Chris Gehrz's Call for More "International and Transnational" Histories of Evangelicalism

Brantley Gasaway

At last month's meeting of the Evangelical Theological Society, a panel discussed David Swartz's Moral Minority, a pioneering history of the evangelical left.  (I interviewed David about his book on this blog last year--see here and here.) Panelists included Dick Pierard, Owen Strachan, Miles Mullin, and Chris Gehrz. As my own forthcoming book examines the history and public theology of the contemporary progressive evangelical movement (UNC Press, Fall 2014), I would have enjoyed the opportunity to hear each respondent's appraisal. I was not at the ETS meeting, however, and therefore was pleased to discover that Gehrz, an international historian at Bethel University, posted his paper on his own blog. Click here for part one and here for part two.

I encourage you to read the paper in its entirety, for Gehrz makes a strong case for the need for "a more international and transnational approach to the history of evangelicalism." In reviewing Swartz's book, he suggests "that time might tell that the most significant chapter in Moral Minority is the one that has the least to do with (North) American history: the chapter entitled “Samuel Escobar and the Global Reflex.” Swartz demonstrates how Escobar, a Peruvian theologian, and other Latin American leaders such as René Padilla of Ecuador and Orlando Costas of Puerto Rico shaped international conversations about evangelical theology and practice. Gehrz proposes that 

Swartz’s “Global Reflex” suggests a different way to write the recent history of American evangelicalism: as one expression of an international, interconnected movement whose center of gravity was already shifting southwards by 1970. According to the most recent report from Gordon-Conwell’s Center for the Study of Global Christianity, three out of every four evangelicals live in Latin America, Africa, and Asia. From 1970 to 2010, the evangelical population grew 5.5-6.5 times faster in those regions than in North America, and in the present decade alone growth in the Global South is projected to outpace that in this part of the world by a factor of 2.5-3.5.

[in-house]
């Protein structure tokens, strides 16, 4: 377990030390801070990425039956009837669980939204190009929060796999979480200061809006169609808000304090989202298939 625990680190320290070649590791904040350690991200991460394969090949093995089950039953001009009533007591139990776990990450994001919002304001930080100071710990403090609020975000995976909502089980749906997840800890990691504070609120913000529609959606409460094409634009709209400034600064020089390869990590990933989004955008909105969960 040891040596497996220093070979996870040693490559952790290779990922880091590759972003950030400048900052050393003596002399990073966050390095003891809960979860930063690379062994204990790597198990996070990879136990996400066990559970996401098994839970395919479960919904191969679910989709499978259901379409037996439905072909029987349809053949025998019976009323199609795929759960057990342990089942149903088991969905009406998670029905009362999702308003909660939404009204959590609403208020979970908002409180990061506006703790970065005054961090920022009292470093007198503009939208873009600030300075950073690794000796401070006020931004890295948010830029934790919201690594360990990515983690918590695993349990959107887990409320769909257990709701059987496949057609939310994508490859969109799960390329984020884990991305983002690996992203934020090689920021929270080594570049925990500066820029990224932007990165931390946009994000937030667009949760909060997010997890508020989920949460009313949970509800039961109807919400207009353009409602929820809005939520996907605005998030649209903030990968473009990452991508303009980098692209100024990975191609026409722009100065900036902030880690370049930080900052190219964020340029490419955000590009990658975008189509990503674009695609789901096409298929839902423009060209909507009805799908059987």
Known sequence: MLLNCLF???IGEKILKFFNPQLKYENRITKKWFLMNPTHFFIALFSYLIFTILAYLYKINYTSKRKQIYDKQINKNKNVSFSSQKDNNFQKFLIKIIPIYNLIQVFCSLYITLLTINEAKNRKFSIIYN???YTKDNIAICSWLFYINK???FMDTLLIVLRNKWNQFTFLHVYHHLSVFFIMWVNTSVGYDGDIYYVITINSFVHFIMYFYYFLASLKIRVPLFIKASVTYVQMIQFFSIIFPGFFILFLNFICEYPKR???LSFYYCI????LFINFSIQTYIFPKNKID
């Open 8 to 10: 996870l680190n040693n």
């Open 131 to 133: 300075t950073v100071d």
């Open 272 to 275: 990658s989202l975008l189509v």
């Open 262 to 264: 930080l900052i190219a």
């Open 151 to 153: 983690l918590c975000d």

Thus, Gehrz argues, historians of evangelicalism would benefit from considering comparative approaches and examining how "ideas flowed through international networks."  He concludes:

David Swartz, in his chapter on the “Global Reflex” in Moral Minority and in his continuing work on the history of evangelical internationalist organizations like World Vision, makes clear that this kind of history can be written: synthesizing stories from several continents, drawing on sources in multiple languages, and cognizant that the ideas that reshaped progressive evangelicalism crossed national borders thanks to forces like migration, educational exchange, and mass communication. His work embodies the benefits claimed by historian Mae Ngai for the “transnational” turn in our discipline: “By directing attention to the circuits and flows of social forces and discourses that span nations and cultures, we unfasten the blinders of national history. In a sense it is an indirect approach, which hopes by way of the broader context to deflate claims of national greatness and to gesture to histories that are more connected, more aware and of a piece with the modern world.”

I appreciated Gehrz's argument, and his proposal seems in line with the helpful ways that scholars such as Philip Jenkins and Lamin Sanneh have challenged us to re-examine our understanding of global Christianity (or, perhaps, Christianities). In addition to Swartz's work, do readers know of other studies of evangelicalism that offer models for such international and transnational historiography?


Anonymous said…
Thanks for the mention, Brantley. One example of what I'm encouraging was recently featured at this blog: Lauren Turek's guest post on her research on "how American Christians, operating within the context of the global social, political, and economic changes of the late twentieth century, influenced international affairs and U.S. foreign policy."
Mark T. Edwards said…
Thanks for this post. Chris's full post of his ETS talk is well worth reading.

When I read this, I immediately thought of Lauren's work, too. Gene Zubovich, of UC Berkeley, is also working along these lines. Michael Thompson of the University of Sydney and Justin Reynolds at Columbia are developing such transnational approaches in relation to the World Council of Churches and the ecumenical movement.
David said…
Thanks, Brantley, for this post and to Dick, Miles, Owen, and Chris for their thoughtful papers at the panel.

The following names--many familiar to readers of this blog--are doing some terrific transnational work on evangelicals. They include Andrew Preston, participants in the Creighton’s Religion and U.S. Empire Project, and authors of many books published by Oxford University Press. And there are others recently arrived or on the way including a dissertation by David King on World Vision, a manuscript by Melani McAlister on evangelical relief, development, and missions efforts in Africa, books by Mark Shaw and Brian Stanley, and in-progress dissertations by promising graduate students Ben Brandenburg and Lauren Turek. Perhaps the most impressive of the few works to apply a reflexive lens is An Unpredictable Gospel, a study of 19th century evangelical Baptist and holiness movements in Africa, Asia, and North America. Case's book really should be getting more attention.

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